Move over, silver. After more than a decade as the world's favorite vehicle color, silver is falling in popularity to white.
PPG Industries, the leading supplier of automotive paints, said 25 percent of the vehicles it supplied in the 2013 model year were white. Silver and black tied for second, with 18 percent each. Apple Inc., with its white stores and slim white gadgets, made white a high-tech color.
The variety of whites — from flat shades to creamy pearls — is also contributing, said Jane Harrington, PPG's manager of automotive color styling.
Chrysler began shipping the new Jeep Cherokee Tuesday, giving dealers a long-awaited entry in the fast-growing compact crossover SUV market.
Distribution of the Cherokees had been delayed while Chrysler engineers tinkered with the new nine-speed automatic transmissions to make them shift more smoothly.
Company spokesmen confirmed that trucks hauling Cherokees began leaving a Toledo, Ohio, factory Tuesday, heading for Jeep dealers across the nation.
Amazon.com customers will need to spend more money on the site in order to qualify for free shipping. The online retailer raised the minimum order size needed for free shipping to $35 from $25. The change, made Monday, comes after Walmart.com made a similar change earlier this month.
Kohl’s Department Stores says it will open its doors on Thanksgiving for the first time, adding to the growing ranks of retailers trying to get a jump start on the holiday shopping season. This critical shopping season used to start on the Friday after Thanksgiving. Retailers have been nudging their opening times earlier over the years in response to intense competition and tough economic times. Kohl’s said it will open its doors at 8 p.m. on Thanksgiving Day and remain open all day Friday.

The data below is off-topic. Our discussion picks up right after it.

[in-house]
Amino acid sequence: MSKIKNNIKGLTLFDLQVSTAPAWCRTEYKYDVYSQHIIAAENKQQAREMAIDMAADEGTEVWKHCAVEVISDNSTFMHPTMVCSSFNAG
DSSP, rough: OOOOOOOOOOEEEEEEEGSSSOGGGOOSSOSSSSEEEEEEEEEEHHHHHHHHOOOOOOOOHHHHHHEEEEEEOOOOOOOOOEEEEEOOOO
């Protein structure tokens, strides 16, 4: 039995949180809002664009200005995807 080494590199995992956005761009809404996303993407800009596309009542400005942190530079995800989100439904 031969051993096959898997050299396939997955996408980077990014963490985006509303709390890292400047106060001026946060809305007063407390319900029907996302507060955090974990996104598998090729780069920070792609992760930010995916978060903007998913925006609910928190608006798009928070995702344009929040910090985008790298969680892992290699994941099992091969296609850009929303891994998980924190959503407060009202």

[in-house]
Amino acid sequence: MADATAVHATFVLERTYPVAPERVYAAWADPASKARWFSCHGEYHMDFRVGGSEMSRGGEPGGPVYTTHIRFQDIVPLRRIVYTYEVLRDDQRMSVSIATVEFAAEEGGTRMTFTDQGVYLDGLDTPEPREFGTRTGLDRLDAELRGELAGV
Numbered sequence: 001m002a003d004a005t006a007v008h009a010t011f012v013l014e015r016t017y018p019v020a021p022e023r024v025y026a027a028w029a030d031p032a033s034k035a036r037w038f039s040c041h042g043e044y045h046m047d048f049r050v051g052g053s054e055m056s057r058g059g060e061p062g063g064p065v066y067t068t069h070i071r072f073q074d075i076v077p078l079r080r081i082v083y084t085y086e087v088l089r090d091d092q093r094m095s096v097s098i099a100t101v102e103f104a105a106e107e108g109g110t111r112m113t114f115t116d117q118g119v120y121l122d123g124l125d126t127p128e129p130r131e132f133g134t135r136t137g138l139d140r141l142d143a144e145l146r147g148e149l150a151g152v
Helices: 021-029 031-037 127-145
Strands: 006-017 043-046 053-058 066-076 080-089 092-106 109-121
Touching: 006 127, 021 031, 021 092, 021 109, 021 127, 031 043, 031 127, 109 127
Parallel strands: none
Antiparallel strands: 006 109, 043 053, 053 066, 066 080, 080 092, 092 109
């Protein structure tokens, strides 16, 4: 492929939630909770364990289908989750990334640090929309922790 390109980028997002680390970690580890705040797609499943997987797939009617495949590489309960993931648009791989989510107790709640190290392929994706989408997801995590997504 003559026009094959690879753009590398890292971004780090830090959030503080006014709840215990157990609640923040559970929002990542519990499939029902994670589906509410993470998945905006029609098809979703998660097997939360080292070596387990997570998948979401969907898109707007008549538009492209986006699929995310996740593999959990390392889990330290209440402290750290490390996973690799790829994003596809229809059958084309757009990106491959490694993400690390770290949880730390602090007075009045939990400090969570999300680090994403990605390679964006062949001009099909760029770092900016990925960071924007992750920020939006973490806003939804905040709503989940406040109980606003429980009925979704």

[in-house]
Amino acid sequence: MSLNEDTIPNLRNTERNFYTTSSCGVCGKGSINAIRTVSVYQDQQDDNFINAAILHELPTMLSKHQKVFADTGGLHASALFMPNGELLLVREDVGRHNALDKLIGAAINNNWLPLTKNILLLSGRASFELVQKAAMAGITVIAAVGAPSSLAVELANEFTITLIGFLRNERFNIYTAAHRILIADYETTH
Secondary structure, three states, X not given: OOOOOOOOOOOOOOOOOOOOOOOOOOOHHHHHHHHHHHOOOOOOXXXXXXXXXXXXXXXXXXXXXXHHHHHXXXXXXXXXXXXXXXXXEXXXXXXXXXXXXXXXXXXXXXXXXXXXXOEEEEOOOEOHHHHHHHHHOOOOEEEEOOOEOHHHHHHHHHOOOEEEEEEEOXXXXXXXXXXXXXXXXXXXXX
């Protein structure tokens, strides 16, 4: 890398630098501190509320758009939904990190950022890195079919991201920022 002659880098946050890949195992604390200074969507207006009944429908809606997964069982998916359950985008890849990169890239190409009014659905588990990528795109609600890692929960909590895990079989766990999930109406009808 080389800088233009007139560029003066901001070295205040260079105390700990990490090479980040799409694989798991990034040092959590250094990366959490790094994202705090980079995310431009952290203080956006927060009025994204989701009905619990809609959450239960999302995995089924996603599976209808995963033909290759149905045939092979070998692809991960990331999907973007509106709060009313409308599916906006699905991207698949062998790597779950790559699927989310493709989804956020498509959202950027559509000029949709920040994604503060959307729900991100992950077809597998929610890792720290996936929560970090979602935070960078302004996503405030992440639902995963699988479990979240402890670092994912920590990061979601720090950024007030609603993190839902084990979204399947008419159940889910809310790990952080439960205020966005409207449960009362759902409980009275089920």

Warren Buffett, the billionaire chairman of Berkshire Hathaway Inc., said JPMorgan Chase & Co. Chief Executive Officer Jamie Dimon has little room to bargain as regulators probe the sale of faulty mortgage bonds.
“If you're a financial institution and you're threatened with criminal prosecution, you have no ability to negotiate,” Buffett told Bloomberg Television on Tuesday. “Basically, you've got to be like a wolf that bares its throat, you know, when it gets to the end. You cannot win.”
Dimon reached a tentative $13 billion settlement to resolve civil disputes between JPMorgan and the U.S. government. The bank won't be released from criminal liabilities, according to a person familiar with the talks. Some of the practices under the probe relate to Bear Stearns Cos. and Washington Mutual, which Dimon bought in 2008 as the housing bubble burst.
“I think $13 billion is a lot of money, and I think Jamie has done a very good job of running JPMorgan,” Buffett said. “He helped out the economy enormously when he took on Bear Stearns and he didn't get an indemnification clause,” he said. “There wasn't even time for that sort of thing.”
During a conference call with analysts this month, Dimon concurred with Buffett's assessment of banks' inability to sway regulators. Still, he vowed to push for outcomes that would be fair to investors.
Buffett, 83, appeared Tuesday alongside his son Howard to promote “40 Chances: Finding Hope in a Hungry World.” — Bloomberg News
WASHINGTON — The Internal Revenue Service paid out more than $110 billion in tax credits over the past decade to people who didn't qualify for them, according to a Treasury report released Tuesday.
The Earned Income Tax Credits were intended for poor working families. In his report, IRS Inspector General J. Russell George said more than one-fifth of all credits paid under the program went to people who didn't qualify.
“The IRS should be commended for implementing numerous processes to educate Americans and identify and prevent improper EITC payments,” George said. “Unfortunately, it is still distributing more than $11 billion in improper EITC payments each year and that is disturbing.
“The IRS must do a better job of reining in improper payments in this and in other programs,” George added.
IRS efforts are hampered by unscrupulous tax preparers as well as honest families that have trouble figuring out how to calculate the complicated credit, the report said.
The EITC is one of the nation's largest anti-poverty programs. In 2011, more than 27 million families received nearly $62 billion in credits. — AP